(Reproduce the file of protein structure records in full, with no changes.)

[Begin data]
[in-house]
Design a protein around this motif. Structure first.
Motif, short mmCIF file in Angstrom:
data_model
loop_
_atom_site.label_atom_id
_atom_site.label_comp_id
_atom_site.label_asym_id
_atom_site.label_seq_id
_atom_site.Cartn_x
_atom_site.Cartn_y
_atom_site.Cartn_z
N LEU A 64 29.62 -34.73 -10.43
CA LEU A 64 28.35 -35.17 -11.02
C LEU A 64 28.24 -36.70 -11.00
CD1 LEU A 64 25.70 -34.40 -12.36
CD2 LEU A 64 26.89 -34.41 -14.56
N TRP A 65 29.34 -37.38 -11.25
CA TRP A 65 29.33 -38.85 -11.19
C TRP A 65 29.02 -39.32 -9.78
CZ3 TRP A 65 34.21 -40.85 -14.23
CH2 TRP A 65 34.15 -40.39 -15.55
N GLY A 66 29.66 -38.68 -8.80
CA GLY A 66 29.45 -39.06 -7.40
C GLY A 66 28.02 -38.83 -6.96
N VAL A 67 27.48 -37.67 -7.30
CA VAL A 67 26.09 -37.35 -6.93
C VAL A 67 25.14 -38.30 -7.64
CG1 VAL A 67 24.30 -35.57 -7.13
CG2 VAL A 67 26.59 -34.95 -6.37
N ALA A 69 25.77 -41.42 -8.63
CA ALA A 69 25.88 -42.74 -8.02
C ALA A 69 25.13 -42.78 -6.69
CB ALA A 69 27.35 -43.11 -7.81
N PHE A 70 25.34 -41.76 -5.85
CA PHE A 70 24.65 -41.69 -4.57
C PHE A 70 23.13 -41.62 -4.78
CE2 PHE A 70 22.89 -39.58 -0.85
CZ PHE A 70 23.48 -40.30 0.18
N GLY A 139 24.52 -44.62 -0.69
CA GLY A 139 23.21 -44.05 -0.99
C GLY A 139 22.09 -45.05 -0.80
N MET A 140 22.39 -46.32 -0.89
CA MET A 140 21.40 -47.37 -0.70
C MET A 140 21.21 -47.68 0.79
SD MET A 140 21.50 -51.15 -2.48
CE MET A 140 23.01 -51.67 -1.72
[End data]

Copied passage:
[in-house]
Design a protein around this motif. Structure first.
Motif, short mmCIF file in Angstrom:
data_model
loop_
_atom_site.label_atom_id
_atom_site.label_comp_id
_atom_site.label_asym_id
_atom_site.label_seq_id
_atom_site.Cartn_x
_atom_site.Cartn_y
_atom_site.Cartn_z
N LEU A 64 29.62 -34.73 -10.43
CA LEU A 64 28.35 -35.17 -11.02
C LEU A 64 28.24 -36.70 -11.00
CD1 LEU A 64 25.70 -34.40 -12.36
CD2 LEU A 64 26.89 -34.41 -14.56
N TRP A 65 29.34 -37.38 -11.25
CA TRP A 65 29.33 -38.85 -11.19
C TRP A 65 29.02 -39.32 -9.78
CZ3 TRP A 65 34.21 -40.85 -14.23
CH2 TRP A 65 34.15 -40.39 -15.55
N GLY A 66 29.66 -38.68 -8.80
CA GLY A 66 29.45 -39.06 -7.40
C GLY A 66 28.02 -38.83 -6.96
N VAL A 67 27.48 -37.67 -7.30
CA VAL A 67 26.09 -37.35 -6.93
C VAL A 67 25.14 -38.30 -7.64
CG1 VAL A 67 24.30 -35.57 -7.13
CG2 VAL A 67 26.59 -34.95 -6.37
N ALA A 69 25.77 -41.42 -8.63
CA ALA A 69 25.88 -42.74 -8.02
C ALA A 69 25.13 -42.78 -6.69
CB ALA A 69 27.35 -43.11 -7.81
N PHE A 70 25.34 -41.76 -5.85
CA PHE A 70 24.65 -41.69 -4.57
C PHE A 70 23.13 -41.62 -4.78
CE2 PHE A 70 22.89 -39.58 -0.85
CZ PHE A 70 23.48 -40.30 0.18
N GLY A 139 24.52 -44.62 -0.69
CA GLY A 139 23.21 -44.05 -0.99
C GLY A 139 22.09 -45.05 -0.80
N MET A 140 22.39 -46.32 -0.89
CA MET A 140 21.40 -47.37 -0.70
C MET A 140 21.21 -47.68 0.79
SD MET A 140 21.50 -51.15 -2.48
CE MET A 140 23.01 -51.67 -1.72